BY BILL BRADLEY, Founder/CEO, America’s Best Franchises
February 4, 2013
If your neighborhood has hopped on the buy-local bandwagon, does that make it a bad time for you to think about investing in a franchise business?
Not necessarily. Some national franchises are never viewed by customers as a local business, even though a local franchisee owns them. It’s hard to make a McDonald’s seem local, for example. Other franchises can be easy to position as a local business.
A regional company may be strongly associated with your region – enough that you can be perceived as “home folks” with a franchise. Others may be new enough in your area that your customers won’t even realize you’re part of a chain. As part of your decision-making process, ask around to discover the local impression of the franchise opportunity you’re thinking about.
There are ways, however, that almost every franchise can cash in on the “keep it local” movement. Consider these possibilities if a strong “Buy Local” movement is making you think twice about investing in a franchise:
- Participate in the local economy – While your franchise probably won’t have complete control over which suppliers to use, many franchises hire local workers and participate in local events. Find out whether you’ll be free to take part in group sidewalk sales or mallwide events, for example. If you’ll have the flexibility to work with other local businesses, you can get all the points for doing so.
- Do well by doing good. Can you sponsor a local festival or collect for a local food bank? The two-fold approach of giving back to the local community while creating links to other local businesses can do wonders to help potential customers remember not only your franchise but its dedication to what they care about.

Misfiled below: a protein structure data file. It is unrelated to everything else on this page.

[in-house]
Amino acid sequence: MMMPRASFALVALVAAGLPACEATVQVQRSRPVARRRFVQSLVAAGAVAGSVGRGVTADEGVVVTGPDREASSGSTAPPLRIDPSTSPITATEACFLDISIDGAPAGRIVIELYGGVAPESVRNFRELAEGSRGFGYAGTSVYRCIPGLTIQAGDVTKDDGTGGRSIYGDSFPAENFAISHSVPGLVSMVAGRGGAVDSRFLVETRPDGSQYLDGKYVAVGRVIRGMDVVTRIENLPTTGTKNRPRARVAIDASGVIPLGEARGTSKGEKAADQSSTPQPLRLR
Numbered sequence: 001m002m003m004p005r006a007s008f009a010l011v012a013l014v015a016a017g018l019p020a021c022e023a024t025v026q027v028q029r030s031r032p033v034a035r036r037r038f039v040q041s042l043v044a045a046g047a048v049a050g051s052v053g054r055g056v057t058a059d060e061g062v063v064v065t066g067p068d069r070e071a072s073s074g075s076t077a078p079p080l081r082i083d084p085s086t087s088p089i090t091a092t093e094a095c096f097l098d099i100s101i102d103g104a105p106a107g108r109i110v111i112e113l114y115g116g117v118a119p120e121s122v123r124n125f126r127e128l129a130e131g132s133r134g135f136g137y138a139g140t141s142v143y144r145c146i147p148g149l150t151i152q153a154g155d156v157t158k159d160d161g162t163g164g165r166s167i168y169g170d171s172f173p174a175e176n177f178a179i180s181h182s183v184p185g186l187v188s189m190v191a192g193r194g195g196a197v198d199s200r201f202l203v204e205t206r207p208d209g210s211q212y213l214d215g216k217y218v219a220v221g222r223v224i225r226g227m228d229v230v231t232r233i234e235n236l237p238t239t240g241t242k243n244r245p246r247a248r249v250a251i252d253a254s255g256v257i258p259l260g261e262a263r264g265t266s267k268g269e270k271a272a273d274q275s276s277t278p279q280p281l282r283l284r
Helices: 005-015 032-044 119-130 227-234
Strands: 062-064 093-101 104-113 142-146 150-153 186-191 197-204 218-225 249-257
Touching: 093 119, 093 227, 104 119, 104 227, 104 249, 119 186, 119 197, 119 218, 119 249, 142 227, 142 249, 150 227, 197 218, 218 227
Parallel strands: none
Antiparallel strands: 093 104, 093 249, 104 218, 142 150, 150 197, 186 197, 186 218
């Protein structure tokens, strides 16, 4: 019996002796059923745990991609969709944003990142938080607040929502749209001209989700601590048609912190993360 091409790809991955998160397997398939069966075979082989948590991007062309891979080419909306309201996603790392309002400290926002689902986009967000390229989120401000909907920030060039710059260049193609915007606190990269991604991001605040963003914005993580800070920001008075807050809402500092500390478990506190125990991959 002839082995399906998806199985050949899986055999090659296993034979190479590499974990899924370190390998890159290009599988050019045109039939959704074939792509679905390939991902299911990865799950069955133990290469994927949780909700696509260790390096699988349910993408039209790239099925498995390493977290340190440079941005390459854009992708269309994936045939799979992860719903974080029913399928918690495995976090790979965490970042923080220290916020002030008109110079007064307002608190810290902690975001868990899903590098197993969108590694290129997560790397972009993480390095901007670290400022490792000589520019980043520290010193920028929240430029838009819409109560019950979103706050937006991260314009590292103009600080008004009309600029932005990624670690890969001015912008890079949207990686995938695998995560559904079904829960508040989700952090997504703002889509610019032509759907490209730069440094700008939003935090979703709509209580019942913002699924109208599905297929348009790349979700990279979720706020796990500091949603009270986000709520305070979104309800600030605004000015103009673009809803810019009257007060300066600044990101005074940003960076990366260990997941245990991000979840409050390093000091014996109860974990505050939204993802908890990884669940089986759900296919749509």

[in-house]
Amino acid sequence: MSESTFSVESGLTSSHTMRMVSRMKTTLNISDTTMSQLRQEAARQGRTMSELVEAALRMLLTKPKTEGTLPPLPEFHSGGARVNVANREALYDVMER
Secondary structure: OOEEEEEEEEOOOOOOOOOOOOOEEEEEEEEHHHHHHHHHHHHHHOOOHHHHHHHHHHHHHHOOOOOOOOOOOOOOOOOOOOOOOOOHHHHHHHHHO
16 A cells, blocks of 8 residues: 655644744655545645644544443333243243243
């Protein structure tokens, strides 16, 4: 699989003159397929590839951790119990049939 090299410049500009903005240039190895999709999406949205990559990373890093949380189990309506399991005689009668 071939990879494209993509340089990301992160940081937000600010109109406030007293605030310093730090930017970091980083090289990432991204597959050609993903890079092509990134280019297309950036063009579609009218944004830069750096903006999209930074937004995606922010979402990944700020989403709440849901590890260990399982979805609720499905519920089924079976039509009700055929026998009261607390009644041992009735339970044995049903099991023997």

- Decor Franchises may have requirements for the decor and layout of a storefront or restaurant, but adding as many local touches as your franchisor will allow can help to remind customers of your franchises involvement in the community. Showcase photos of sports teams you’ve sponsored or photos of the surrounding area if it fits in with the decor. Educational franchises can spotlight local achievers for students to admire, and restaurants can frame pictures of local celebrities.
- Don’t neglect networking – Say the franchise you’re considering seems to give you very little leeway, or you’re determined to gain the benefits of investing in a major national name. Your personal presence in the local business community as the owner of “the local Supercuts” or “the local Little Caesar’s” can still give you that local edge if you’re diligent about your involvement.Ask about these possibilities as part of your information-gathering as you decide which franchise opportunity is right for you. Understanding both the franchise opportunity you have in mind and the local market you’re bringing the business into will help you ensure that you choose the right opportunity for you.